Chatter Box: Shape and Scape

There is so much that goes into building a track, more than most realise, as Jonathan Groves of Shape and Scape explains in this exclusive MX Vice interview. Who even are Shape and Scape? Their work at the Weston Beach Race is probably what you are most familiar with.

MX Vice: What inspired you to start Shape and Scape?

Jonathan Groves: I didn’t really get inspired to start Shape and Scape. I’d always been into building anything like BMX trails and jumps when I was a kid. When the minibike revolution took off in the early 2000s I had a bit of land at the end of a property we rented in an old apple orchard and I had machines in there most weeks building and changing things. It kind of grew from there.

We started off being asked to go build or tidy up the odd track here and there and it just escalated! I’ve ridden bikes my whole life BMX, minibikes and motocross and I’ve always wanted just to make things fun to ride. Everything always changes in this game, tracks change, what people want from tracks change and it never gets boring.

I was living in Bristol around 2006 and working for a good friend of mine scaffolding and I use to go off and do a few tracks and events throughout the year. We were talking in the lorry on the way back to the yard that I maybe should try push it a bit more, but I’m sh*t with names. I remember I always wanted to try build a track that fitted in the landscape, a bit like a golf course, and my mate actually came up with the name Shape and Scape. It kind of stuck from there. We went limited in 2010 and here we are today with a bit of a monster that runs me instead of me running it! 

What goes into starting up a motocross track?

We first got approached to run our first public track in 2009, when we were involved in running the British minibike nationals through the MCF. Roy Barton had a friend with a track that he wanted to see up and running, so we thought it was a good way to prop up the tracks building as the climate can be tricky to keep going all year with the wet winters. It was a massive eyeopener, even to us who had been involved in tracks and events and what goes into it. We’re still learning now ten years on with two circuits we have ourselves. I learnt a lot with that first circuit. It was on really flat ground that struggled terrible with the wet in the winter, but we managed to turn it round.

I also learnt that it’s not a one man job to run a circuit sometimes. You pile seventy or eighty hours a week into a track then to stand there and run it as well is a tall order. I’m grateful that my better half enjoys that part, as I wouldn’t be able to do it all without her really! I think for most people to run a successful circuit it’s never about money. We invest more than we make out of our tracks, but you always think your nearly there and then something else pops up and you are off spending again!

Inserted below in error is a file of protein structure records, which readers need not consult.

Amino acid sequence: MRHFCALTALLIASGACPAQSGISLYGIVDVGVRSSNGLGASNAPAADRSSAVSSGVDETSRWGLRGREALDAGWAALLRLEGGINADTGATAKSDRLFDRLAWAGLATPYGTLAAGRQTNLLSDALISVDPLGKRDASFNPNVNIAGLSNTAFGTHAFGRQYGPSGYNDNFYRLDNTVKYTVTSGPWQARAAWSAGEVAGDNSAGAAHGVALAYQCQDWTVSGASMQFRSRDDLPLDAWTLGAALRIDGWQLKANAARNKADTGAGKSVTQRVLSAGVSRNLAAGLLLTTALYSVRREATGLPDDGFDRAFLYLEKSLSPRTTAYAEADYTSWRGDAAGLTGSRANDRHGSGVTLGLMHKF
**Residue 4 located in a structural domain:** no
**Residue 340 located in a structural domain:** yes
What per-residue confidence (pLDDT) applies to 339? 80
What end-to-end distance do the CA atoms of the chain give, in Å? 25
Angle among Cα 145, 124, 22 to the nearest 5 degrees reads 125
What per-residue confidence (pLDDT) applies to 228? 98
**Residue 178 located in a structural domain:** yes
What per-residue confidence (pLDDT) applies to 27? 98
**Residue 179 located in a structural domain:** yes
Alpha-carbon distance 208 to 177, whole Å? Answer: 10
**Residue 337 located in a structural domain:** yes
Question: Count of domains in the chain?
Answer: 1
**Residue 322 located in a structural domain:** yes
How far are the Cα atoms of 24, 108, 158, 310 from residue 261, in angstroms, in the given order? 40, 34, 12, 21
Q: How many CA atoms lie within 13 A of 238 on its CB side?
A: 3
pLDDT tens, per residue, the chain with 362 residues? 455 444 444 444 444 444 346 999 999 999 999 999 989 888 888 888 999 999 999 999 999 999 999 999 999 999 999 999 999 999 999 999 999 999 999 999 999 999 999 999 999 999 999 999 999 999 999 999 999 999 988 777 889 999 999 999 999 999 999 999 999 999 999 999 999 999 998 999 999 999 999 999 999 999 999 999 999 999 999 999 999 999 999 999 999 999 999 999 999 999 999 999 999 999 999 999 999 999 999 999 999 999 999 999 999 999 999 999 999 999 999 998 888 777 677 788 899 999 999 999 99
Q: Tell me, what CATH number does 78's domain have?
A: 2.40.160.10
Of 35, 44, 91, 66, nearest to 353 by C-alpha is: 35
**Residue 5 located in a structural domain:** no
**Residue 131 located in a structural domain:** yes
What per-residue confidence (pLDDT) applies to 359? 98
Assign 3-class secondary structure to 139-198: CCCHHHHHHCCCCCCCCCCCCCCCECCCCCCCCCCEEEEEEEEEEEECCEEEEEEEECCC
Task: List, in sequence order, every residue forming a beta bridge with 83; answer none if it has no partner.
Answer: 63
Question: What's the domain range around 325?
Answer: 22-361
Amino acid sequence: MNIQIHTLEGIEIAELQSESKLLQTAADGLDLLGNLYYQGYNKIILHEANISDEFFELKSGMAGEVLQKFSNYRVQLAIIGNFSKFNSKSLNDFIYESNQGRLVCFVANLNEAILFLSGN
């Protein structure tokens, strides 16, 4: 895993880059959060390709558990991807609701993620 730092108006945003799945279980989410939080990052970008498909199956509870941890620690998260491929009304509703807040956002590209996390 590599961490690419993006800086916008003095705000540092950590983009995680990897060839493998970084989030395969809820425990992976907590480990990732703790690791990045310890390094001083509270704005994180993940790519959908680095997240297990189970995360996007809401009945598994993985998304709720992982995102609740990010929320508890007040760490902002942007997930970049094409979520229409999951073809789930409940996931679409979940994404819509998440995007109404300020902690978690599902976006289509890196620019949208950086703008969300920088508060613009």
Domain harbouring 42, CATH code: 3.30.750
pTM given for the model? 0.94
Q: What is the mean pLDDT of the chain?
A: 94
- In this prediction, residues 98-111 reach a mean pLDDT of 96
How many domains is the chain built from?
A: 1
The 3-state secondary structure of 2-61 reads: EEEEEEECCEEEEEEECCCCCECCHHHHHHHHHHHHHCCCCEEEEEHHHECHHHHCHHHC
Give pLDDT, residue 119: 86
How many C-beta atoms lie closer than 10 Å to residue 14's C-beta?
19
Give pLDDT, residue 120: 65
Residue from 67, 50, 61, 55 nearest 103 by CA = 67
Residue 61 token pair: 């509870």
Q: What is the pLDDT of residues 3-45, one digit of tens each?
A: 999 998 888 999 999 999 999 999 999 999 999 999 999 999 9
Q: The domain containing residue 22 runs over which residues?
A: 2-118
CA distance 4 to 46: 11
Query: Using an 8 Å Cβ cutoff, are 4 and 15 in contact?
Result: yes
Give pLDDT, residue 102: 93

Talk us through some of your track prep and what goes into it.

Track prep is a really tricky one to try and teach someone, as every track prep can change depending on the moisture in the ground, the weather forecast, the nature of the dirt, the time of year it goes on and on. It also depends on the machinery you have to hand. Some places like Foxhill, with the chalky ground there, are an example. It can fool people and look beat out and solid, but with the right machine it still preps up good.

Again it comes down to cost and running the big expensive dozers to prep and circuit for a normal club meeting isn’t cost effective to run some of those big tracks anymore. It’s a real shame really and also people’s perception of motocross has changed. If you are going to a nostalgic circuit that you remember like that from a kid and it’s nothing like you remembered, people soon jump on the bandwagon and write them off without knowing the cost that goes into it all.

We will have a go at anything really within reason. It is surprising what you can fit in the smallest of areas, but to pull off the perfect circuit really depends on the nature of the dirt and the landscape. It is not very often you get the two of those together on a job, so we spend a fair bit of time creating a bit of elevation and always trying to keep tracks fun.  Another thing we try to pride ourselves on is a track that is built right, blends in with the landscape and drains to the best it can do with our climate the way it has been over the past few years. Drainage is a massive part of our business now. A recent track we have been working on has been on moorland and we have got a system there now that allows that to run through the majority of the winter. It is one of our biggest achievements really.

What’s next on the cards for Shape and Scape?

We never really expected to be doing all this full time back fifteen years ago. It was just a bit of fun to be working on something you love and never really feels like you do a day’s work. At times you forget you are working, then you burn yourself out with it. We still love it and it’s pretty cool being both sides of the fence, working at events and running public tracks too you see and hear a lot and we take that into our builds.

Now with the Weston [Beach Race] build, which we have done for the past couple of years now, it takes the work right up into the winter. This year we are a bit more involved, as we’re building the beach race circuit and then on the Monday after we are turning the top half of the beach into a circuit to run the last round of the youth nationals. I think this is a good thing, to be doing different things in the sport and trying new ideas. Weston sand at that time of the year packs fairly good and with material all piled up in the dunes, it won’t take long to build a battlefield fit for a youth national.

Interview: Sophie Mcginn | Lead Image: ConwayMX

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